“There’s huge power and responsibility to shape how people view their relationship between themselves and science, especially in classes of nearly 400 students,” Phelan said. “My goal as a teacher is to influence the most people in a positive way.”
Aside from continuing her graduate research in molecule-scale treatment methods as part of the Paul S. Weiss research group, the materials chemistry PhD student has been preparing to return to work as a teaching assistant for the Chemistry 14 and Chemistry 20 series in the fall. To teach these introductory chemistry classes for life and physical science majors, Vinnacombe has been developing a class plan that will impart her enthusiasm for research and creativity in science on her incoming students.
“We want students to find where they fit in and what they like to study, and we want them to pursue it,” she said. “That’s the ultimate goal.”
In her past two years as a TA, Vinnacombe has taught two kinds of sections: labs and discussions. In labs, students typically conduct experiments that are prepared by their professors in advance. Sometimes, graduate students get to help develop new procedures, which are often based on their own research. Discussion sections, on the other hand, call for a different kind of work on behalf of the TAs.
Orchestrating discussion sections has allowed Vinnacombe to develop her own teaching style, which is informed by the topics she reviews before classes start, she said. In particular, Vinnacombe enjoys using application-based teaching to help her students connect material from the classroom to their real lives. For example, Vinnacombe said she likes to use an example of a sunburn to explain the electromagnetic spectrum and to demonstrate how the energy of light interacts with molecules.
“When I’m a teaching assistant for my PI (principal investigator Paul Weiss), we try to do a lot of different little demos and things like that that people can relate what (they) learned to reality,” she explained.
As a graduate student studying chemistry and nanosystems, Vinnacombe’s laboratory work is essential to advancing her personal interests. She explained that with the new academic year around the corner, one of her main goals is to catch up on research and to get some of the projects she is working on to the point where she can share her work with the scientific community.
“I really love my work,” she explained. “I really love coming in day to day and just getting into lab, setting up my experiments. My particles are my babies.”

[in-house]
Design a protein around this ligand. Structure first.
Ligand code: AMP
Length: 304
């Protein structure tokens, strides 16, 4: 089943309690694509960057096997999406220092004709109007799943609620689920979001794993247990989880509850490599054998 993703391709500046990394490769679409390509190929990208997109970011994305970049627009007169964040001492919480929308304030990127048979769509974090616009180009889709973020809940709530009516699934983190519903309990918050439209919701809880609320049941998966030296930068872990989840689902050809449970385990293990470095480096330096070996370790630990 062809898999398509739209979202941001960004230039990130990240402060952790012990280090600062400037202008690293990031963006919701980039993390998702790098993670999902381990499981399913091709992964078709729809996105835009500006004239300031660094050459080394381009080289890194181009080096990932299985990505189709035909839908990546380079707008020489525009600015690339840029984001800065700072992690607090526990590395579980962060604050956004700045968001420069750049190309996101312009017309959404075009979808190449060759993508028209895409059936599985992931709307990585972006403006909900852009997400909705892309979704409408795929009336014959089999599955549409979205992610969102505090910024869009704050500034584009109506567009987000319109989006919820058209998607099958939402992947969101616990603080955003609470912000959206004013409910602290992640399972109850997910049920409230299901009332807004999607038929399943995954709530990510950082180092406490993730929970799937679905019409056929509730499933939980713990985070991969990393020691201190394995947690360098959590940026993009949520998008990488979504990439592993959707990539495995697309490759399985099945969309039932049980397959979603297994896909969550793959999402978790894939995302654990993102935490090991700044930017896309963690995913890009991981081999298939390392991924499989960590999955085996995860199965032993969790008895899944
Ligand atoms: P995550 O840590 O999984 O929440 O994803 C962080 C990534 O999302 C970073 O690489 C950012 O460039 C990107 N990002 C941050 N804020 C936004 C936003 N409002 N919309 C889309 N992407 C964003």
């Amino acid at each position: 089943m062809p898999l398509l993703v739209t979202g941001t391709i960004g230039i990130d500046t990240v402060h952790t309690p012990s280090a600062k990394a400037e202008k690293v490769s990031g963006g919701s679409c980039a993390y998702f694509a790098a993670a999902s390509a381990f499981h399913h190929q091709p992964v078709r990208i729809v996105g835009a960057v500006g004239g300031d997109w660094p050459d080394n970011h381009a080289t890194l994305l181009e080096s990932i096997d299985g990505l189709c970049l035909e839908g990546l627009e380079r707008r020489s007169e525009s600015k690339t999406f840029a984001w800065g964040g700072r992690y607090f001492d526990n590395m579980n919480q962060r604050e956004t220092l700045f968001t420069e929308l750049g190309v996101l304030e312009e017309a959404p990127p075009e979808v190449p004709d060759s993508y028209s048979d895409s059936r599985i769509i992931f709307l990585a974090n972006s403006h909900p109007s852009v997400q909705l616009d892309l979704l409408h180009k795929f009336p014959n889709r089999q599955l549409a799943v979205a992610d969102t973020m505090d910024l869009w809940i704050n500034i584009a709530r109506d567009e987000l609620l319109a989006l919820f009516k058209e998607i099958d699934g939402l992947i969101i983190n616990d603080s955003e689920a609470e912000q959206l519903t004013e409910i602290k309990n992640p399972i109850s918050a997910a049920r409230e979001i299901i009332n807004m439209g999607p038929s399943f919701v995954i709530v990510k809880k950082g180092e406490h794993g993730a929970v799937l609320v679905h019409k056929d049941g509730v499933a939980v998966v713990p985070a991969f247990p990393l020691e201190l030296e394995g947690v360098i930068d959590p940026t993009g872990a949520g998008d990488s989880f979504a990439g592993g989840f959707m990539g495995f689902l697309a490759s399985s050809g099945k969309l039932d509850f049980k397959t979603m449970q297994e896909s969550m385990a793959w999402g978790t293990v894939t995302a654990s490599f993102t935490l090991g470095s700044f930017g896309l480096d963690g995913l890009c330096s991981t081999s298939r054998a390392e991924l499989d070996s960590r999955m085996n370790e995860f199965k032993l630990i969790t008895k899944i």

The work that Vinnacombe did in her research this summer translates into her teaching in the fall, as she said she wants to encourage her students to take advantage of research opportunities at UCLA. It can be difficult to be uncertain about one’s major and career options, she said. Still, students should learn how to explore new things, because everyone has different paths. Today an avid scientist, she said there was a time that even she didn’t know about research opportunities.
“When I was an undergrad ... I didn’t know you could do undergrad research,” Vinnacombe explained. Now, her work as a graduate student gives her an opportunity to pass on her passion for chemistry and research to undergraduate students.
This fall, the TA will return to teaching for “America in the Sixties,” one of the nine year-long courses offered to incoming undergraduates through the freshman UCLA Cluster Program. In preparing to create a meaningful classroom experience for students new to UCLA, Craven said he wants to spur culturally relevant discussions while enabling individual students to become better writers over the course of year.
“I try to teach my undergraduates in a way that I would have like to been taught, which is to say, in a way that challenges them intellectually without overwhelming them emotionally,” he said. “How do I teach specifically to ... something as simple or complex as their pop culture experiences?”
For Craven, being a teaching assistant is more than an added bonus from his graduate program. Craven, who has a masters in education, said teaching fulfills him because it allows him to help students maximize their potential as individuals. Craven added that for example, he assigns passages from Pierre Bourdieu’s “Distinction” because his students are often surprised to find the text’s social commentary relevant to their daily lives. In turn, they make meaningful discoveries that they can understand and apply through their own experiences, he said, as opposed to focusing on numerical, grade-based outcomes.
“I really appreciate watching the growth of individual students over the course of the three quarters that I have them as an instructor,” he said. “Seeing their observing as they synthesize many ideas at once, on their feet – It's a remarkable thing to watch.”
In addition to wanting his students to pursue their individual curiosities, Craven values doing the same for himself by working on his own studies. His passion for education and music is fuelled by the mentorship he has found in the musicology department at UCLA with instructors including Robert Fink, the vice chair of the department, he said. Beyond serving as academic role models, he said that his mentors each empower him to do the best work that he can and follow his passion for musicology.
“With respect to careers and one's passions, you can't really go wrong following what you think is the right thing to do,” Craven said.
Students should seek out mentorship, socialize with their peers, and engage with their interests fearlessly during their time as undergraduates, Craven said. He added that it may be easier to live life in fear, but he encourages students to immerse themselves in their learning and to take advantage of the opportunities presented to them so that they can recognize their full potential.
“While a lot of UCLA students have thrived on a kind of transactional learning where you put in time and then get the grade, I would worry less about grades and worry more about the kinds of learning that they're doing,” he said. “Your professors, instructors and TAs are on your team and want to help you succeed.”